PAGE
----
Memorandum by the Director of the Office of European Affairs (Matthews) to the Secretary of State

Mr. Secretary: A communication dated March 2 from the Yugoslav Foreign Ministry and reported by the Embassy at Belgrade in its telegram no. 248, March 2, attached,16 has been confirmed by the Acting Foreign Minister as the Yugoslav Government’s reply to our note of December 21 [22], 1945 concerning the recognition of the Federal Peoples’ Republic of Yugoslavia.17

The Embassy in Belgrade finds the assurances contained in that note as to the Yugoslav Government’s continued recognition of the treaties and agreements in effect between the United States and Yugoslavia unacceptable. However, after careful consideration, EUR feels that the note does contain categoric assurance in the sense we desire, although the language is somewhat obscure in parts and the Yugoslav Government reserves the right to “submit to revision” certain obligations of a financial nature undertaken by the former Government-in-Exile which it accuses of having assisted the Quisling movement in [Page 875] Yugoslavia. To make sure that there is no misunderstanding of our position, we could in an acknowledgment summarize the substance of the Yugoslav note unambiguously, a procedure similar to that we adopted in the case of the Rumanian assurances,18 and indicate that we have no secret political and economic agreements which the Yugoslavs say they would also wish to revise.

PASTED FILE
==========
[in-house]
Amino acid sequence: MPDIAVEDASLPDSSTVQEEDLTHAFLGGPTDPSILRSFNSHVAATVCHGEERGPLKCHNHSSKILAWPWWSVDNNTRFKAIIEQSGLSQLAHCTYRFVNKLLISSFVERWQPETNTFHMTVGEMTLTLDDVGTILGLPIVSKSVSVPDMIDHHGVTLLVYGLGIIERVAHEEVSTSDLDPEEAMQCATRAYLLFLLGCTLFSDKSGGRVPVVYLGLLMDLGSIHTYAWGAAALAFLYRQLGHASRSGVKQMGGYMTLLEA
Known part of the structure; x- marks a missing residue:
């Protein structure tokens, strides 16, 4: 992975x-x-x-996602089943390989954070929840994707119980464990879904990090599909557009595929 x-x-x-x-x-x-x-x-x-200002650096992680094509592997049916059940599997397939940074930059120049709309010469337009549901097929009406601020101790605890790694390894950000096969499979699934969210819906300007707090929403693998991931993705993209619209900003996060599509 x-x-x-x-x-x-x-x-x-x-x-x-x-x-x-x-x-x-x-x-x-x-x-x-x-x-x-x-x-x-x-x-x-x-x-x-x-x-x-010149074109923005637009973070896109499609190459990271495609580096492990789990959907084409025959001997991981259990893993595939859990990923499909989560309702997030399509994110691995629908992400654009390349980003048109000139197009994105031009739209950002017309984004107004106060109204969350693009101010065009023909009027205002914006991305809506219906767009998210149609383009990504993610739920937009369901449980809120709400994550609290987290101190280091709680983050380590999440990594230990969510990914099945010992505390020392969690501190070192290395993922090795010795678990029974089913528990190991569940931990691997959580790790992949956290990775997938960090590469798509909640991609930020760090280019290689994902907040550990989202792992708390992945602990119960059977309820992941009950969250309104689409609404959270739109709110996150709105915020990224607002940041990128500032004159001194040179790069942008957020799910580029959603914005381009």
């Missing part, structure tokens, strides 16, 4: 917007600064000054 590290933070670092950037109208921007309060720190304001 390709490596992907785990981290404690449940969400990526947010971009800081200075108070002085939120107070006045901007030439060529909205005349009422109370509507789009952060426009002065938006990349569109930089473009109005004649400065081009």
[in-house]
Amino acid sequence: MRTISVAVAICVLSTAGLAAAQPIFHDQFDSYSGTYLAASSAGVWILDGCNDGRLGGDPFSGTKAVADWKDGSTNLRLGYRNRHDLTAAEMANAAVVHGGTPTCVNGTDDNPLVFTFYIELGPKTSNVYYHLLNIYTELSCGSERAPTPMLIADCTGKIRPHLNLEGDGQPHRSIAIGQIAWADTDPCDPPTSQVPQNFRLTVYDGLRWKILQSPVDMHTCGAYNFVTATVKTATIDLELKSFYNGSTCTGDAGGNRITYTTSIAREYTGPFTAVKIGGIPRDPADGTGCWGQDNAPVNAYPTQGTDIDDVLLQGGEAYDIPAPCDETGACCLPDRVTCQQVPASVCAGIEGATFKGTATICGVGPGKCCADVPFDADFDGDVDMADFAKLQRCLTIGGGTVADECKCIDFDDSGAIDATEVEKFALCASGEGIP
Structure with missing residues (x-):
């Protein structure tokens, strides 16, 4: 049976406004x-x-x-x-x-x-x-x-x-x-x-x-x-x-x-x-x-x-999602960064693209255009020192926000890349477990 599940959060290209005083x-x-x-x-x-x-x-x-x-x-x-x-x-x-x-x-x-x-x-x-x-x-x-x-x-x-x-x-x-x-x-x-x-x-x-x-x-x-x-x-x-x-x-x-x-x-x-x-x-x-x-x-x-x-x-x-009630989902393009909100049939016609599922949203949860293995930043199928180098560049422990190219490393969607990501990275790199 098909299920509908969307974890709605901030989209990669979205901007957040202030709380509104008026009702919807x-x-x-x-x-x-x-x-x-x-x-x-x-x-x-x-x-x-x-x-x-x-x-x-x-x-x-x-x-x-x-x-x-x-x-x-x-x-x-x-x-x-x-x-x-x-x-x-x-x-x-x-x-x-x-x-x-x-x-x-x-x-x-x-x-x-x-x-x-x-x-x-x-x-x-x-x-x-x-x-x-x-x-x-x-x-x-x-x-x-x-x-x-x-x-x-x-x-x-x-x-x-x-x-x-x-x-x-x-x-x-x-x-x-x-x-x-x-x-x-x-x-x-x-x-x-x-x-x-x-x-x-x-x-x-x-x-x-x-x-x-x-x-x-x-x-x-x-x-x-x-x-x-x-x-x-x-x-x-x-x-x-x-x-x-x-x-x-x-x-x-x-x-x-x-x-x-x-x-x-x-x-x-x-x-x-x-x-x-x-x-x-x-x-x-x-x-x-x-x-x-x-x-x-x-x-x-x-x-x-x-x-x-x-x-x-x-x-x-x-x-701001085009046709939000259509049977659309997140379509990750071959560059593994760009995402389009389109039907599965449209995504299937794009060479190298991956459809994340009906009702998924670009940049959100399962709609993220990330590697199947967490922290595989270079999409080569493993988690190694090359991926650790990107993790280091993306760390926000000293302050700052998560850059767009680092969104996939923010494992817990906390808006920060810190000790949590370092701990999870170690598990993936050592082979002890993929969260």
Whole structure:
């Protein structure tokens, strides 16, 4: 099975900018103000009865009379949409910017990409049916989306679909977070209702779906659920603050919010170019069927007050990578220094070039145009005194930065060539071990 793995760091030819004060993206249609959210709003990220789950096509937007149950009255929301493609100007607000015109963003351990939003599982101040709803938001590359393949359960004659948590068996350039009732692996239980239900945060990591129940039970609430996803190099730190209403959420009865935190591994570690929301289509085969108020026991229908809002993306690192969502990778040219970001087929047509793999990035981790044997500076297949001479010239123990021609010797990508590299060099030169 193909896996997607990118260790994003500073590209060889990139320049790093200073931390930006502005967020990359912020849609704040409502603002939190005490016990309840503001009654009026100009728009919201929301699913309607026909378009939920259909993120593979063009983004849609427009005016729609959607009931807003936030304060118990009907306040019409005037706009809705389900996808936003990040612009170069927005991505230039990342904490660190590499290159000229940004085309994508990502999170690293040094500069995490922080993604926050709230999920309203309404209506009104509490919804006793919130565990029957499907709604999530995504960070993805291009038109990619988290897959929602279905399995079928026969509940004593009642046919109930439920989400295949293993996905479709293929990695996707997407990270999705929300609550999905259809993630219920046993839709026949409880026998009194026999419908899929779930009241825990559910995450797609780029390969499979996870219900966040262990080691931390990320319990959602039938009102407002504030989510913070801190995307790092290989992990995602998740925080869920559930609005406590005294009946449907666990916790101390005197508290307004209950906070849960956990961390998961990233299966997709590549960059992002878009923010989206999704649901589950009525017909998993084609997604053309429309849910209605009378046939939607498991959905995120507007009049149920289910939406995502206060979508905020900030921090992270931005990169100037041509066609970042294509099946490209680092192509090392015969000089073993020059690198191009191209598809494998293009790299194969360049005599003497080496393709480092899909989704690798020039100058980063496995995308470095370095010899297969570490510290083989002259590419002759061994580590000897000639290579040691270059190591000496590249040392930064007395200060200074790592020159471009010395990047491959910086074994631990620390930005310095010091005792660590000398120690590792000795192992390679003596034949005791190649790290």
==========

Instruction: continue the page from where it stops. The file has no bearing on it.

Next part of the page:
At the same time we have received the attached note from the Yugoslav Embassy19 here asking the agreement of this Government to the appointment of Mr. Sava N. Kosanovic as Yugoslav Ambassador in succession to Ambassador Simic.

Other things being equal, we would suggest that we accept the Yugoslavs’ note on the basis indicated above and give our agreement to the appointment of Mr. Kosanovic. However, in view of the bearing our action in this matter will have on our general position in relation to the Russians, we feel that you may wish to consider whether we should postpone any reply to the Yugoslavs for the time being or whether we might accept the Yugoslav note, thus concluding the recognition we offered in December, and at the same time delay our reply in regard to Mr. Kosanovic pending further developments.20

I might add that there is a possible connection between this Yugoslav situation and the steadily deteriorating status of our people in Albania. Mr. Jacobs has indicated that the Albanian authorities are likely to be influenced in their attitude by the progress of our relations with Yugoslavia.21 It is possible, therefore, that if we accept the Yugoslav note as satisfactory, similar assurances might be forthcoming from the Albanians.

H. Freeman Matthews
  1. Ante, p. 872.
  2. Department of State Bulletin, December 23, 1945, p. 1021.
  3. For documentation regarding establishment of diplomatic relations between the United States and Rumania, see pp. 555 ff.
  4. Dated March 1, 1946, not printed.
  5. Notation by the Secretary of State reads: “H.F.M. I would withhold action pending clarification of army movements into Venezia Giulia reported by Army. When that is clarified I approve your recommendation. JFB”
  6. Joseph E. Jacobs was head of the informal United States mission in Albania. For documentation regarding the decision of the United States not to extend diplomatic recognition to the Albanian regime, see pp. 1 ff.